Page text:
It starts very slowly at the end of the story, with Frank Walker (George Clooney) trying to explain what had happened while being constantly interrupted by Casey Newton (Britt Robertson – who I remembered from Under the Dome). So at least we start by knowing that the two lead characters survive whatever comes next! Apart from the final couple of minutes, the rest of the film consists of flashbacks, beginning at the 1964 World Fair in New York with Frank as a boy inventor who is given a token which gets him into Tomorrowland, a secret futuristic high-tech city on an alternate Earth, created by recruiting the brightest and the best and giving them free rein. Then it jumps forward to the present in which Casey, a technically brilliant teenager, is also given a token which allows her to experience – but not enter – Tomorrowland. She desperately tries to find a way to the city but as the pace accelerates, she finds herself chased by some cartoonish android thugs, then helped by Athena (Raffey Cassidy) who is obviously rather more (or less) than the young girl she appears to be. At this point, an elderly and grizzled Frank comes into the picture and the action soon switches to Tomorrowland, which is also not quite as portrayed, with a climactic tussle between Frank and Tomorrowland's ruler David Nix (Hugh Laurie) over the future of the Earth.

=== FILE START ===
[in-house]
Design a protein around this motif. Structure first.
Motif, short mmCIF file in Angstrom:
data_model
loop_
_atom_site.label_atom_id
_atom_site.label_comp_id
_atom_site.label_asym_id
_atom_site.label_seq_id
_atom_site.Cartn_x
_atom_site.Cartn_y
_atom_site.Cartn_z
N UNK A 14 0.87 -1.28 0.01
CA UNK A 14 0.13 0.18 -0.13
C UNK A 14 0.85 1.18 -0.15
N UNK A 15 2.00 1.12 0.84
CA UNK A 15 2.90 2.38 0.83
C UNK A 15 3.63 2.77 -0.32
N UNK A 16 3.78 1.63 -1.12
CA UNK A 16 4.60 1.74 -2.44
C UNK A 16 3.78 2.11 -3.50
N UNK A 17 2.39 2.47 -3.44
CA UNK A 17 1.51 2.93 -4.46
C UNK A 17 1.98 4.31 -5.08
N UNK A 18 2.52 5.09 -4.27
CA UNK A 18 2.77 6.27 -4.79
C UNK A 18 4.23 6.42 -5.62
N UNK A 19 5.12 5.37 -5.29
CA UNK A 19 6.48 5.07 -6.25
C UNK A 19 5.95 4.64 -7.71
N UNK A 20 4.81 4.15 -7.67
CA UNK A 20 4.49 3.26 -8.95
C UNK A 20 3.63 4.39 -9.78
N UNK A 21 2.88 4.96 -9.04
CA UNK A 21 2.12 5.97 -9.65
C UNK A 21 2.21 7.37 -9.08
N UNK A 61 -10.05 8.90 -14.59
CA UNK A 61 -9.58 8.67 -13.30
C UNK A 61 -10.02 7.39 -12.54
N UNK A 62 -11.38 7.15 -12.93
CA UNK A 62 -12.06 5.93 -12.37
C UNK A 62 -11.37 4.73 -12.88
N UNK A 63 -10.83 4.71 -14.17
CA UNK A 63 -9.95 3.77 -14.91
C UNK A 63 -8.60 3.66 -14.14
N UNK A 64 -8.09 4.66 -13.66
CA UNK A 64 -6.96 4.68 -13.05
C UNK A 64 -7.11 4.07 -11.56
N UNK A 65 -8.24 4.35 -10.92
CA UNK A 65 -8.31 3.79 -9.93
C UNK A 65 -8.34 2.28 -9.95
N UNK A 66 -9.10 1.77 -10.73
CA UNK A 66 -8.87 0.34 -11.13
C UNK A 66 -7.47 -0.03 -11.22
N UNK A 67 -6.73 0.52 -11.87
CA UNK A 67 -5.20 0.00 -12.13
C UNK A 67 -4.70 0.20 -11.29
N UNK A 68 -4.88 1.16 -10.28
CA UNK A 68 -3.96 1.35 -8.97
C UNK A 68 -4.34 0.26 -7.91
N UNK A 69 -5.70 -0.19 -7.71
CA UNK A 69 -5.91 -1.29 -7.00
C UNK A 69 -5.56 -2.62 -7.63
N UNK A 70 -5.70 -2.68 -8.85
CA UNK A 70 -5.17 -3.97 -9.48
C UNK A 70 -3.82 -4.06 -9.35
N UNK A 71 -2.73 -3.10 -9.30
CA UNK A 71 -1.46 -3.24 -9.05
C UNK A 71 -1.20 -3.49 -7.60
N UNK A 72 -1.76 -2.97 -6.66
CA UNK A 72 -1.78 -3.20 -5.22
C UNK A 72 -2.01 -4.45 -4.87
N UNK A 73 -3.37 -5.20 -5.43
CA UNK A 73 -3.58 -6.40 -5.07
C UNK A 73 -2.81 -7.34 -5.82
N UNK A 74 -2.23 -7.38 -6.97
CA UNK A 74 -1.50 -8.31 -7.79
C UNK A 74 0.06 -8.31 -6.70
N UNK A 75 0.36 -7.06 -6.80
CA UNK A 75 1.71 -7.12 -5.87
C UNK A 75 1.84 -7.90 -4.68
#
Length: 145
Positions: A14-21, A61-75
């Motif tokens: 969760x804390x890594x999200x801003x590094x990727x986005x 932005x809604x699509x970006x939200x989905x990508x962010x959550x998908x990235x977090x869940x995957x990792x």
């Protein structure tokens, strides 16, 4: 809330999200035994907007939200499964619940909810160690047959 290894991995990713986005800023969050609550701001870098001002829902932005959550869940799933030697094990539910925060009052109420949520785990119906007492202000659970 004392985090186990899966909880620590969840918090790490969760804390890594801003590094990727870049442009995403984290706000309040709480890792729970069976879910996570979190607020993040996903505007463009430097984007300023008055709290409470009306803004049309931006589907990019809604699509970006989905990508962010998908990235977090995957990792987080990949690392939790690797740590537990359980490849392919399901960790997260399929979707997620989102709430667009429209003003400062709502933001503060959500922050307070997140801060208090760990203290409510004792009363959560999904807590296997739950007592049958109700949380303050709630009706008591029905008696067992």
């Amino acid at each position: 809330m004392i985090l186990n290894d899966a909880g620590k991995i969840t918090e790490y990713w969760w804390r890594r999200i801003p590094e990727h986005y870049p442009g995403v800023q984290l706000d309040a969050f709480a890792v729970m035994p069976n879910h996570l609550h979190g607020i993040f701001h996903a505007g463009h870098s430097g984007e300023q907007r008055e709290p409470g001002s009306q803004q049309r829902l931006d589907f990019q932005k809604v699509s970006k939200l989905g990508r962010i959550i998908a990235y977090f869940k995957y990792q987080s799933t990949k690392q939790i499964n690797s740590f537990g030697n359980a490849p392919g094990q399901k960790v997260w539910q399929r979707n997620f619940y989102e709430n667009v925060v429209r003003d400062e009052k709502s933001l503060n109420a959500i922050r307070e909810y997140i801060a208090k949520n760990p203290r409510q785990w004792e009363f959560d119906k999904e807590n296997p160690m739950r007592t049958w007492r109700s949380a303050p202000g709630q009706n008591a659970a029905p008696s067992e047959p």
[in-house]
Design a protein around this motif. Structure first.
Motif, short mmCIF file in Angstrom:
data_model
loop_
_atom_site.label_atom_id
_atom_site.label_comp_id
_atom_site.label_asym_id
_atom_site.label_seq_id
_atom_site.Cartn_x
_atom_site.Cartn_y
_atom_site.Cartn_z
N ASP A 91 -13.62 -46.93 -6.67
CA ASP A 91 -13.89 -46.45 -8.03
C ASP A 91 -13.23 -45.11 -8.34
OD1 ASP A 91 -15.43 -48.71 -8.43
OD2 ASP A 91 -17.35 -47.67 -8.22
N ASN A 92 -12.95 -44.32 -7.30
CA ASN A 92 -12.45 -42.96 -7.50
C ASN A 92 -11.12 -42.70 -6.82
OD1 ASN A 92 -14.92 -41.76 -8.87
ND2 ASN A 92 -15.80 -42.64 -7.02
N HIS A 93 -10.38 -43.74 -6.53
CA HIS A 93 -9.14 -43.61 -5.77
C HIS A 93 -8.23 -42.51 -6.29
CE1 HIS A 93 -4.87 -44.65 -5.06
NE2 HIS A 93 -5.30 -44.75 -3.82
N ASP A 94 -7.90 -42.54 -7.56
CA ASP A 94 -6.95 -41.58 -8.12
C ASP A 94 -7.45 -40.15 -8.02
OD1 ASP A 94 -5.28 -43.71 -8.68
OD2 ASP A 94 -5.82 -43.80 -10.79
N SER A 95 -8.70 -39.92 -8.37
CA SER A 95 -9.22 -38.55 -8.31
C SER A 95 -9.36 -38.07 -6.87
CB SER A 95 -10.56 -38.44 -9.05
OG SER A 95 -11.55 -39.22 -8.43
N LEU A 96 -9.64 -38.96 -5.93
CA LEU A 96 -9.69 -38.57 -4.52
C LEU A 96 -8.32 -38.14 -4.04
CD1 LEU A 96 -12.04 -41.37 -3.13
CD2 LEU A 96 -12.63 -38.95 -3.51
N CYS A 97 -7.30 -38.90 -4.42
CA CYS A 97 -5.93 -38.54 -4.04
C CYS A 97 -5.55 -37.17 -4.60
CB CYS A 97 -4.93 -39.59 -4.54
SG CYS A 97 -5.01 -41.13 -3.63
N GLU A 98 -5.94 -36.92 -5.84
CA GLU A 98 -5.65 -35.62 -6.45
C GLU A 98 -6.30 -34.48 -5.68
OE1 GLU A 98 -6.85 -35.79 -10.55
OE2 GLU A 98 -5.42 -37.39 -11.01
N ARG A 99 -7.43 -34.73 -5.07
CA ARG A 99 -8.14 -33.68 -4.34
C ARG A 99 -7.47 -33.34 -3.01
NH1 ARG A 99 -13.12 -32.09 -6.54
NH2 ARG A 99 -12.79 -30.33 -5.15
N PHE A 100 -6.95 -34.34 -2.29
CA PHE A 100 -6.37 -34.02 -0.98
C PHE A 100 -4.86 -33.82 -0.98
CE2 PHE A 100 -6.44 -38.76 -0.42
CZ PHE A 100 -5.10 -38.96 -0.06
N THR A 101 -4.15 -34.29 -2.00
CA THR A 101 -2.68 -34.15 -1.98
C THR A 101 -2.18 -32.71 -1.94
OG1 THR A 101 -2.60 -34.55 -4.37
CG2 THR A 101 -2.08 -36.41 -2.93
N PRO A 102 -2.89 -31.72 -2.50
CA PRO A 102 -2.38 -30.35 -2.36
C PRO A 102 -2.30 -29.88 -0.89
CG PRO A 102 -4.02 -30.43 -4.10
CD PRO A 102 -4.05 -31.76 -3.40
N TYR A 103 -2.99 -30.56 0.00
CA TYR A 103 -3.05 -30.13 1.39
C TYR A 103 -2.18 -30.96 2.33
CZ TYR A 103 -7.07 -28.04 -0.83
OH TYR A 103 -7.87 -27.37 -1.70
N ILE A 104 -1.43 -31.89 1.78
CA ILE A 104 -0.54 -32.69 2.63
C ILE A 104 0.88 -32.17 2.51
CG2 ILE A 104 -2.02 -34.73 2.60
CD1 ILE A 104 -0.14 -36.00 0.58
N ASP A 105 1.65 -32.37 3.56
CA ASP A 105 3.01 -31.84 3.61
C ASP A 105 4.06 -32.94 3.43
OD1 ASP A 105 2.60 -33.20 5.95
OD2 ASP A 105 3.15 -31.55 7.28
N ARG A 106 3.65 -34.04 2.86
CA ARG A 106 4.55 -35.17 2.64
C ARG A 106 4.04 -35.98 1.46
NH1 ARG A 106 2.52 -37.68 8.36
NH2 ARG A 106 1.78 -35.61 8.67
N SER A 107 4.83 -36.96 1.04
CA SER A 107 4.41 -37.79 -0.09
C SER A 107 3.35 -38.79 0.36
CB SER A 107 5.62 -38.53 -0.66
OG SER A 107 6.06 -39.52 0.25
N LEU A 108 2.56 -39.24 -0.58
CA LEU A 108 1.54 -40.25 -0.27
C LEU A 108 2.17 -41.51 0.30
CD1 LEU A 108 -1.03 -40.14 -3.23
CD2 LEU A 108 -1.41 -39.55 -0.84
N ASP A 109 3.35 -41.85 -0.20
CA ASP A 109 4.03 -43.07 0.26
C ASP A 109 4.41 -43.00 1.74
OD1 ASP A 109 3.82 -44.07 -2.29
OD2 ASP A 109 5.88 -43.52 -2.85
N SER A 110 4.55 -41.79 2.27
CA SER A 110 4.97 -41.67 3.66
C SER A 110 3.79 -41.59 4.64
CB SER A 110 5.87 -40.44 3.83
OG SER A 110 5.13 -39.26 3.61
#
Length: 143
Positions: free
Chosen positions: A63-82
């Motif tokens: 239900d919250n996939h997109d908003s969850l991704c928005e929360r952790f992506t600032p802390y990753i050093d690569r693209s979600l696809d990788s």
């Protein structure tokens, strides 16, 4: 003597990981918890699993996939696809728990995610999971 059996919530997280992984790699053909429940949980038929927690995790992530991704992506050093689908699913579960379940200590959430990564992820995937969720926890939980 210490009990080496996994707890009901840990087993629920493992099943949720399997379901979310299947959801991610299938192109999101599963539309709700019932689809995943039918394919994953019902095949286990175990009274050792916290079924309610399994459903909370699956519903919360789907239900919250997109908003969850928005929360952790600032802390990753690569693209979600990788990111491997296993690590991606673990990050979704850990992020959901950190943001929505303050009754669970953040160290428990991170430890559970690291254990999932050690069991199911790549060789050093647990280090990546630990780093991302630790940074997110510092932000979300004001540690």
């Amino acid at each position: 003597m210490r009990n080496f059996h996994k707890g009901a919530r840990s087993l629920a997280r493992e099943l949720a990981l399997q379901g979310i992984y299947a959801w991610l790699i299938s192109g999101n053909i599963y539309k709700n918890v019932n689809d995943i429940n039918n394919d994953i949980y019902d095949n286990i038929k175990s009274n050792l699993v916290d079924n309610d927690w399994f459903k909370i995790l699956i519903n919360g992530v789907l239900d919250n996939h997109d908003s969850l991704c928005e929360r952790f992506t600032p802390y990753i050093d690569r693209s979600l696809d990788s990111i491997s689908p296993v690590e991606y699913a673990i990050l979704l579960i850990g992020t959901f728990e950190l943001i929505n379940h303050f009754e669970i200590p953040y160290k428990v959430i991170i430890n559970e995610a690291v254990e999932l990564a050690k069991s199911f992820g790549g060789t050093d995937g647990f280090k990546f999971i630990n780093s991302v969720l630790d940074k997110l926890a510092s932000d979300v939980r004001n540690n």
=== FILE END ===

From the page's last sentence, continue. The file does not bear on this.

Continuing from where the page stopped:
I did wonder what the android thugs were about – they appeared and then disappeared without explanation. Nor was it ever made clear what Frank had done to be banished from Tomorrowland, apart from inventing a machine which was still being used. Nor were we told why Tomorrowland had not lived up to its early expectations. Nor could I understand how this Earth could be saved by recruiting the most talented people to move to Tomorrowland.

It isn't all bad news, though. It deserves credit for originality and remained watchable throughout, if only see where on Earth (or elsewhere) it was going next. There are some entertaining scenes, particularly the one concerning the Eiffel Tower's rocket ship (what do you mean, you didn't know it had one?). The highlight for me was an impressive performance by the 13-year-old Cassidy, who in 2013 was named in Screen International magazine's Stars of Tomorrow, the youngest to be featured on the annual list. She's got there already, in my view; in particular, her final scene was genuinely affecting.

Kingsman: The Secret Service is on the face of it, not really an SFF film, but it had enough fantasy elements to justify a mention here. Gary "Eggsy" Unwin (Taron Egerton), a young man trapped in the lower levels of society, is recruited into a secret, independent and decidedly snobbish organisation – the Kingsmen – where he is mentored by Harry Hart (Colin Firth). This organisation sends its highly trained agents to combat evil wherever they find it. The problem they are faced with in this film is a plan by billionaire Richmond Valentine (Samuel L. Jackson) to solve the world's problems in a rather drastic fashion.

The film has a nostalgic appeal, being an updated and rather more graphic version of 1960s tongue-in-cheek TV series like The Man from U.N.C.L.E. and The Avengers (though sadly without an Emma Peel). It mixes spectacular fight scenes with sardonic humour, revels in political incorrectness, and overall is great fun, provided you are not too easily offended. It has proved highly successful and a sequel is planned for 2017.